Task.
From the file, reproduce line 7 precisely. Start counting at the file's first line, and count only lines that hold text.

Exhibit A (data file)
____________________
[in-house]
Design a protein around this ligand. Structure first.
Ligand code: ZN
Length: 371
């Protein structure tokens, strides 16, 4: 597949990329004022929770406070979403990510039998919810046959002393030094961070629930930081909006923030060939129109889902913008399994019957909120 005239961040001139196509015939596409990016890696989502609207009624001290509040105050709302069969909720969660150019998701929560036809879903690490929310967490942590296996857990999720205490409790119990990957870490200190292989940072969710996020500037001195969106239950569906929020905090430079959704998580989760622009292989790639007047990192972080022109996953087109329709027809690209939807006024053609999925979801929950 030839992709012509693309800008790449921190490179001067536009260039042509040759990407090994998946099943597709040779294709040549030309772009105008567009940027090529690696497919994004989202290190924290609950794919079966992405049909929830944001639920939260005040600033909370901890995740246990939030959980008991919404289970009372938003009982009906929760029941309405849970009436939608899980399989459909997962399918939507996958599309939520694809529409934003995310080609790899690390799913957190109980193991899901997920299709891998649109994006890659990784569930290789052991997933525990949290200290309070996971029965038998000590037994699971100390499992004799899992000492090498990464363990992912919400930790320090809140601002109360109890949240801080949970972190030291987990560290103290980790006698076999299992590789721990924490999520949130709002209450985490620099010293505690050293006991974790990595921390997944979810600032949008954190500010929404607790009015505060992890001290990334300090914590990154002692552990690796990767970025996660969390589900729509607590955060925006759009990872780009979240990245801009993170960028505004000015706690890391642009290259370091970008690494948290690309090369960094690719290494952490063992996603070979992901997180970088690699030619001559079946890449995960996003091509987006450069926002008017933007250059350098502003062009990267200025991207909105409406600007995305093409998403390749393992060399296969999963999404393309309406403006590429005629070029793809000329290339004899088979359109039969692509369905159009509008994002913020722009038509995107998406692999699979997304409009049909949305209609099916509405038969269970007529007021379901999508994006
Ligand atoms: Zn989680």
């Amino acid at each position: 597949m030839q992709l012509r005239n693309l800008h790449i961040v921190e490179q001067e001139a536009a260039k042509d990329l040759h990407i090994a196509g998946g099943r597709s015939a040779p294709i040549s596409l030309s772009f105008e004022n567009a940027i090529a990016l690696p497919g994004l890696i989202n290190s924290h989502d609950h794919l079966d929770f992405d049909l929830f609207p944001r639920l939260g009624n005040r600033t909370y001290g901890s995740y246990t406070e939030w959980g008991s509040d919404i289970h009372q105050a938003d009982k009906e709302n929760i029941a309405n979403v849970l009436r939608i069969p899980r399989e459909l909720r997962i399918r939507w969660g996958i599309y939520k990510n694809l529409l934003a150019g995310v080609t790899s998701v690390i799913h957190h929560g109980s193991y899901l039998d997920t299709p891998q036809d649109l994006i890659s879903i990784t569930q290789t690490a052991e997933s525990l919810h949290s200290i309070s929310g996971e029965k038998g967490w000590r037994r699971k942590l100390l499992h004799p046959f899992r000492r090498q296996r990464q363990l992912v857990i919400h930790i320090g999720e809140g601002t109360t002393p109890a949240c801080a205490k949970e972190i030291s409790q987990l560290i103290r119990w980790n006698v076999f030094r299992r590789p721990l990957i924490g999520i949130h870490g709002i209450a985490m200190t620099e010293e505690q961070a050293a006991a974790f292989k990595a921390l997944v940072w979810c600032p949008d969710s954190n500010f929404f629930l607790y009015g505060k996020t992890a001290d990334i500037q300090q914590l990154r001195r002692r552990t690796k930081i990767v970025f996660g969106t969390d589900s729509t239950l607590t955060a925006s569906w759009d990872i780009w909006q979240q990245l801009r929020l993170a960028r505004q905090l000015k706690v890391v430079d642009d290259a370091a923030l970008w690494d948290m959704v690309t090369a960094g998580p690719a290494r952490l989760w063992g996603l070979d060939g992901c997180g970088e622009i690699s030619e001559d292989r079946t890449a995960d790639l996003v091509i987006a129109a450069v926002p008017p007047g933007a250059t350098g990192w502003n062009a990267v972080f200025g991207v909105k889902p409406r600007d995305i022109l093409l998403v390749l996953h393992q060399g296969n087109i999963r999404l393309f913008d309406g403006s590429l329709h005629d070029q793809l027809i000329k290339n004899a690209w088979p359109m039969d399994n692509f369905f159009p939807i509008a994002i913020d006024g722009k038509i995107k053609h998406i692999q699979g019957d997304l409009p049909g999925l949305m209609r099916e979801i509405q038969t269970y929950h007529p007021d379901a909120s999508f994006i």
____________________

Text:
């Amino acid at each position: 597949m030839q992709l012509r005239n693309l800008h790449i961040v921190e490179q001067e001139a536009a260039k042509d990329l040759h990407i090994a196509g998946g099943r597709s015939a040779p294709i040549s596409l030309s772009f105008e004022n567009a940027i090529a990016l690696p497919g994004l890696i989202n290190s924290h989502d609950h794919l079966d929770f992405d049909l929830f609207p944001r639920l939260g009624n005040r600033t909370y001290g901890s995740y246990t406070e939030w959980g008991s509040d919404i289970h009372q105050a938003d009982k009906e709302n929760i029941a309405n979403v849970l009436r939608i069969p899980r399989e459909l909720r997962i399918r939507w969660g996958i599309y939520k990510n694809l529409l934003a150019g995310v080609t790899s998701v690390i799913h957190h929560g109980s193991y899901l039998d997920t299709p891998q036809d649109l994006i890659s879903i990784t569930q290789t690490a052991e997933s525990l919810h949290s200290i309070s929310g996971e029965k038998g967490w000590r037994r699971k942590l100390l499992h004799p046959f899992r000492r090498q296996r990464q363990l992912v857990i919400h930790i320090g999720e809140g601002t109360t002393p109890a949240c801080a205490k949970e972190i030291s409790q987990l560290i103290r119990w980790n006698v076999f030094r299992r590789p721990l990957i924490g999520i949130h870490g709002i209450a985490m200190t620099e010293e505690q961070a050293a006991a974790f292989k990595a921390l997944v940072w979810c600032p949008d969710s954190n500010f929404f629930l607790y009015g505060k996020t992890a001290d990334i500037q300090q914590l990154r001195r002692r552990t690796k930081i990767v970025f996660g969106t969390d589900s729509t239950l607590t955060a925006s569906w759009d990872i780009w909006q979240q990245l801009r929020l993170a960028r505004q905090l000015k706690v890391v430079d642009d290259a370091a923030l970008w690494d948290m959704v690309t090369a960094g998580p690719a290494r952490l989760w063992g996603l070979d060939g992901c997180g970088e622009i690699s030619e001559d292989r079946t890449a995960d790639l996003v091509i987006a129109a450069v926002p008017p007047g933007a250059t350098g990192w502003n062009a990267v972080f200025g991207v909105k889902p409406r600007d995305i022109l093409l998403v390749l996953h393992q060399g296969n087109i999963r999404l393309f913008d309406g403006s590429l329709h005629d070029q793809l027809i000329k290339n004899a690209w088979p359109m039969d399994n692509f369905f159009p939807i509008a994002i913020d006024g722009k038509i995107k053609h998406i692999q699979g019957d997304l409009p049909g999925l949305m209609r099916e979801i509405q038969t269970y929950h007529p007021d379901a909120s999508f994006i």